(This article is adapted from a paper I wrote several years ago. Let me know if you’d like to see more of it. The full bibliography is below.)


Central Intelligence Agency. Various declassified documents.

Chen, King. Vietnam and China, 1938-1954. Princeton: Princeton University Press, 1969.

Conley, Michael. The Communist Insurgent Infrastructure in South Vietnam: A Study of Organization and Strategy. Washington, D.C.: The American University, 1966.

“Communist Thought and Viet Cong Tactics.” Asian Survey 8, no. 3 (1968): 206-222.

Gates, John. “People’s War in Vietnam.” Journal of Military History 54 (1990): 325-344.

Girling, J.L.S. People’s War: Conditions and Consequences in China and South East Asia. New York: Praeger, 1969.

Jian, Chen. “China’s Involvement in the Vietnam War, 1964-1964.” The China Quarterly no. 142 (1995): 356-387.

“A Response: How to Pursue a Critical History of Mao’s Foreign Policy.” The China Journal no. 49 (2003): 137-142.

Johnson, Chalmers. “The Third Generation of Guerrilla Warfare.” Asian Survey 8 (1968): 435-447.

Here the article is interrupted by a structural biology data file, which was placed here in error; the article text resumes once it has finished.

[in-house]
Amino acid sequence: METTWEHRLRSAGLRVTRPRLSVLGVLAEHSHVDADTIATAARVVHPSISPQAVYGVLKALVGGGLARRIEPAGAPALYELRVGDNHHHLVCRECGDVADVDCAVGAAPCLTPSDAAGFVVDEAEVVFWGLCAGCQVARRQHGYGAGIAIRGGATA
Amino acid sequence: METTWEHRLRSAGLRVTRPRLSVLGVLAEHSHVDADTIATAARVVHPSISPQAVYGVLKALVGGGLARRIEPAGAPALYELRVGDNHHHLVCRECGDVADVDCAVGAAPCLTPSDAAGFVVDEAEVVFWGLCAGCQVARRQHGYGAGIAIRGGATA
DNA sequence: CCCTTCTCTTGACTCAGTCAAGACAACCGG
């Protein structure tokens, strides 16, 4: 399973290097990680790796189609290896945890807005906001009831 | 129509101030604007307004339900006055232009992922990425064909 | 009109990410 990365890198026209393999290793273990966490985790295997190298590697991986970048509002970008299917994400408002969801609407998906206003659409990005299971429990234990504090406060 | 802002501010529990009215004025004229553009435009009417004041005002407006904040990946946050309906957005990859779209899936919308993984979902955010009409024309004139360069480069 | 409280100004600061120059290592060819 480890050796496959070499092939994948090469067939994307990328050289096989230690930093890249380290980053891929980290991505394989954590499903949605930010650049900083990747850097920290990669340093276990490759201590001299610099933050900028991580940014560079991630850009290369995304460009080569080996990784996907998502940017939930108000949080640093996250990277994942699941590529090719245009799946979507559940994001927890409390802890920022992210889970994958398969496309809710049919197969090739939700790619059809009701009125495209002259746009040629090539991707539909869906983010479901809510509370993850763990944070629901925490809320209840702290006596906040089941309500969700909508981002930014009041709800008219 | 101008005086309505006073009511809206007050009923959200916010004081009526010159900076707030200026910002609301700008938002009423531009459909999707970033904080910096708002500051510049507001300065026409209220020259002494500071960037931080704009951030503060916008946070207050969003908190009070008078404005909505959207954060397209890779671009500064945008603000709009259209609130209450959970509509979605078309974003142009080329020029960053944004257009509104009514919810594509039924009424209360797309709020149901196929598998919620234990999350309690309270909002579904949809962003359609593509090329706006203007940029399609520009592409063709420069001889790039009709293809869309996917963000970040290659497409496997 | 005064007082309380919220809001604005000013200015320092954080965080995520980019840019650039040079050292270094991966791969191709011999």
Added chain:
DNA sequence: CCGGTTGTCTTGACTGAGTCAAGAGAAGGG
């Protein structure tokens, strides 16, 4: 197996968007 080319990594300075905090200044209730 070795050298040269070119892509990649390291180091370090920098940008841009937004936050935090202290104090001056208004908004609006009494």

Lawson, Eugene. The Sino-Vietnamese Conflict. New York: Praeger, 1984.

Li, Xiaobing. A History of the Modern Chinese Army. Lexington, Ky.: University Press of Kentucky, 2007.

Voices from the Vietnam War: Stories from American, Asian, and Russian Veterans. Lexington, Ky.: University Press of Kentucky, 2010.

Lilley, James. China Hands: Nine Decades of Adventure, Espionage, and Diplomacy in Asia. New York: Public Affairs, 2004.

McColl, Robert. “A Political Geography of Revolution: China, Vietnam, and Thailand.” The Journal of Conflict Resolution 11 (1967): 153-167.

Pike, Douglas. Viet Cong. Cambridge: Massachusetts Institute of Technology Press, 1966.

Schnapper, M.B. China, Vietnam, and the United States: Highlights of the Hearings of the Senate Foreign Relations Committee. Washington, D.C.: Public Affairs Press, 1966.